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vista logoTroubleshooting Microphones in Windows Vista

Many owners of personal computers with the Windows Vista operating system are experiencing problems with traditional wired microphones. We provide some simple tips for maximizing your success with such systems.

 

Regrettably, Microsoft made some changes to the audio controls which negatively impact the ability of users to record or input sound with a microphone using the internal sound card. On the other hand, USB microphones and USB sound devices continue to work easily in Windows Vista.

The Fixes

1. If you have an external USB sound device such as those made by Andrea, Buddy, or VXI, go ahead and use this. These operate virtually identically in Vista and XP, although the sound device might show up in the Dragon Audio Set-up Wizard with a different name. These USB sound devices tend to provide predictable great performance with most wired microphones.

2. If you must use a wired microphone plugged into your pc, you should do the following:

  • Be sure you have updated drivers for your sound card. Check with your pc manufacturer about this. These drivers are generally available for on-line downloading (be aware that some suggest there are problems with Creative Labs drivers and generic Windows drivers may be preferable).

  • Be sure that you are configured to show your microphone and that it is enabled by following the steps below:

    1. Open control panel
    2. Open the Sound control panel
    3. Go to the Recording tab
    4. Right click anywhere in the blank white area of the window to display the show disabled devices context menu
    5. Click on "Show disabled devices" (See below)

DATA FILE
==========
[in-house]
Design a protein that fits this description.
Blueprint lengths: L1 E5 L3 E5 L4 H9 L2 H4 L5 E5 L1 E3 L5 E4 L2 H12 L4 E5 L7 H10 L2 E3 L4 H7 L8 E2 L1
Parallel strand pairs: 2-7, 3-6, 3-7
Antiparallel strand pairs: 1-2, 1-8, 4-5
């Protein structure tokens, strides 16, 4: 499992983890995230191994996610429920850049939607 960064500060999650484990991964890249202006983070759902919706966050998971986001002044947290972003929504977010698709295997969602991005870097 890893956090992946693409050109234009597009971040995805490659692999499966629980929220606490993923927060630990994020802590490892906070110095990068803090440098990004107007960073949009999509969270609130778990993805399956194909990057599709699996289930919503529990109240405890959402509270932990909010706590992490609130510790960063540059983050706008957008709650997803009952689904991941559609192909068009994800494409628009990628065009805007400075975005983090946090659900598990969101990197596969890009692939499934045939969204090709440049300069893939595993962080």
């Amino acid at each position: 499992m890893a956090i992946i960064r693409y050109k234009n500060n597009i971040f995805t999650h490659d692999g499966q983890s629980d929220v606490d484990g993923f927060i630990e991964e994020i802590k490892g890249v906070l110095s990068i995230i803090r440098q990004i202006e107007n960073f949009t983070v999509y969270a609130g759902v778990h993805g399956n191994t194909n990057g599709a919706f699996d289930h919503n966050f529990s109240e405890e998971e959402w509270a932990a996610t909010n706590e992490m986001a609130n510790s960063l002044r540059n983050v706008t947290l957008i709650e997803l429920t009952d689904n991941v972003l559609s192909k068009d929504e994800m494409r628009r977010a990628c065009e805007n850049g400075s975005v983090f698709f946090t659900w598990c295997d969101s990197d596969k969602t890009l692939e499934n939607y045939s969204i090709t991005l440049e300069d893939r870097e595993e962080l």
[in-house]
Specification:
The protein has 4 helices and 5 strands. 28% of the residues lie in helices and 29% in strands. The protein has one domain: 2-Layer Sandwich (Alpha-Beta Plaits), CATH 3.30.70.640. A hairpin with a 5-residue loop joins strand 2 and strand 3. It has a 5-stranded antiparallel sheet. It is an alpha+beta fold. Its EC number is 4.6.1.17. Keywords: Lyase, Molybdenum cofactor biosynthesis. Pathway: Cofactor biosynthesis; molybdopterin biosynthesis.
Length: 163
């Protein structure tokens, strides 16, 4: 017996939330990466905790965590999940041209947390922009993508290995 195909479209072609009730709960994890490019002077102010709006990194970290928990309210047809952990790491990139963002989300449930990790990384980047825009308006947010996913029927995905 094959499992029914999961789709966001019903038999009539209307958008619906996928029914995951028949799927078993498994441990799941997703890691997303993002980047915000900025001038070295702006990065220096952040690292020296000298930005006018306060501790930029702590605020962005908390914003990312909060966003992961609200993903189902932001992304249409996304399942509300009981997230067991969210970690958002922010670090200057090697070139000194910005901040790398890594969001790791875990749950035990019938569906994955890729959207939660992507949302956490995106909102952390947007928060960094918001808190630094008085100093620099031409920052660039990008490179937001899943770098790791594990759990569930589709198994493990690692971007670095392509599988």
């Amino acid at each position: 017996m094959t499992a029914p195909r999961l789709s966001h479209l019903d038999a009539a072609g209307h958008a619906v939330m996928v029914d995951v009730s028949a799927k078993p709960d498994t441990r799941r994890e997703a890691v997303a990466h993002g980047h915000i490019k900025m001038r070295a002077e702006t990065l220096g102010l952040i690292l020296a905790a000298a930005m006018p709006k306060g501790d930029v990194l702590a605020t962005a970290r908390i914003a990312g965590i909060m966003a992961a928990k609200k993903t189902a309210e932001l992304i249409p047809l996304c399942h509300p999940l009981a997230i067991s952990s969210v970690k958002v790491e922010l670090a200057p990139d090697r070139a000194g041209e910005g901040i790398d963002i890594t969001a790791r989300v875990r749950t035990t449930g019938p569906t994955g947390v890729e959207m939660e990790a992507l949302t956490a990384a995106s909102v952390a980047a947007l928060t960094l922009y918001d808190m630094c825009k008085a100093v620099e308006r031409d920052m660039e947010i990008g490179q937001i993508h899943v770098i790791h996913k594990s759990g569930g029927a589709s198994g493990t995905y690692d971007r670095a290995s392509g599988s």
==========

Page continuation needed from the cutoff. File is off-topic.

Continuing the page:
6. Once your microphone is visible, right click on it and be if not already ticked, click on "Enable" - this should get your microphone working.

      Vista Audio

Confirming Proper Functioning of your Microphone

Once you have completed the above steps you can test your microphone under the Vista operating system using the sound recorder. This involves the following steps (borrowed from Microsoft Help):

1.

Make sure you have an audio input device, such as a microphone, connected to your computer.

2.

Click Start, click All Programs, click Accessories, and then click Sound Recorder.

3.

Click Start Recording.

4.

To stop recording audio, click Stop Recording.

5.

(Optional) If you want to continue recording audio, click Cancel. In the Save As dialog box, click Resume Recording, continue to record sound, and then click Stop Recording.

6.

Click the File name box, type a file name for the recorded sound, and then click Save to save the recorded sound as an audio file.

Notes
  • To use Sound Recorder, you must have a sound card and speakers installed on your computer. If you want to record sound, you also need a microphone.
  • By default, the recorded audio is saved as a Windows Media Audio (WMA) file.
    If you are using Windows Vista Home Basic N or Windows Vista Business N, your Sound Recorder files are saved as .wav files rather than .wma files.
  • You can play your recording in a digital media player program that supports playback of WMA files.

Special thanks to Graham Hendry at ITSpeaking for input on these recommendations.

     

 

 

 


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